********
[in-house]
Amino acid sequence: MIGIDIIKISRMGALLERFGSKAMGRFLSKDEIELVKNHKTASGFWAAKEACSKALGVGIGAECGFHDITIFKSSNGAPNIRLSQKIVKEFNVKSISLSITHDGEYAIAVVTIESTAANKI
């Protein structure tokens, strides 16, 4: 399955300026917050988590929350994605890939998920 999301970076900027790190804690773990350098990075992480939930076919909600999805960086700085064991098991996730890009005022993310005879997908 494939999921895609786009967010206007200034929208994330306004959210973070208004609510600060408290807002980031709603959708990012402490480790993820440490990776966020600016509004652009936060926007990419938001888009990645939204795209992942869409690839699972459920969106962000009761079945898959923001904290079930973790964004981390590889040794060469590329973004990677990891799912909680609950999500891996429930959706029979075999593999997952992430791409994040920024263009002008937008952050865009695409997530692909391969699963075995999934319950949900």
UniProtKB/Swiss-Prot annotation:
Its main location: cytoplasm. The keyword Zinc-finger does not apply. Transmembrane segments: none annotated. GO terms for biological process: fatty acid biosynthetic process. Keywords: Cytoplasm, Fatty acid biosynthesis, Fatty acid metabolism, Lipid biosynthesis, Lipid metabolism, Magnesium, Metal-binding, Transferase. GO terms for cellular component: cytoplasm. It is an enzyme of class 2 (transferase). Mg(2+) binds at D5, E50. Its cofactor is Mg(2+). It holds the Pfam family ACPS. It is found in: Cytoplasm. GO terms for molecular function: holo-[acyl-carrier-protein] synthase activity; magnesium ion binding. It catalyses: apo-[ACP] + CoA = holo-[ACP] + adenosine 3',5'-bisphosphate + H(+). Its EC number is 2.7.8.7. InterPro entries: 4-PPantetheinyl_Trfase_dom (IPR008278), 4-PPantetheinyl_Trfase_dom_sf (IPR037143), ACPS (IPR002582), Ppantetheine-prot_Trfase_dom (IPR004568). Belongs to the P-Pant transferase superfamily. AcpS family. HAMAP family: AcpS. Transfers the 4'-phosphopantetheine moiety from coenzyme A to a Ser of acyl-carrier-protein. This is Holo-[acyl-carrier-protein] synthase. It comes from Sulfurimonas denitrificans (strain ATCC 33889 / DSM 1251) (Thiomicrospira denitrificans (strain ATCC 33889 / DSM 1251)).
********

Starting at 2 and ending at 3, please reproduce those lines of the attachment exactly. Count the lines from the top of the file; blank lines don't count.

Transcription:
Amino acid sequence: MIGIDIIKISRMGALLERFGSKAMGRFLSKDEIELVKNHKTASGFWAAKEACSKALGVGIGAECGFHDITIFKSSNGAPNIRLSQKIVKEFNVKSISLSITHDGEYAIAVVTIESTAANKI
């Protein structure tokens, strides 16, 4: 399955300026917050988590929350994605890939998920 999301970076900027790190804690773990350098990075992480939930076919909600999805960086700085064991098991996730890009005022993310005879997908 494939999921895609786009967010206007200034929208994330306004959210973070208004609510600060408290807002980031709603959708990012402490480790993820440490990776966020600016509004652009936060926007990419938001888009990645939204795209992942869409690839699972459920969106962000009761079945898959923001904290079930973790964004981390590889040794060469590329973004990677990891799912909680609950999500891996429930959706029979075999593999997952992430791409994040920024263009002008937008952050865009695409997530692909391969699963075995999934319950949900």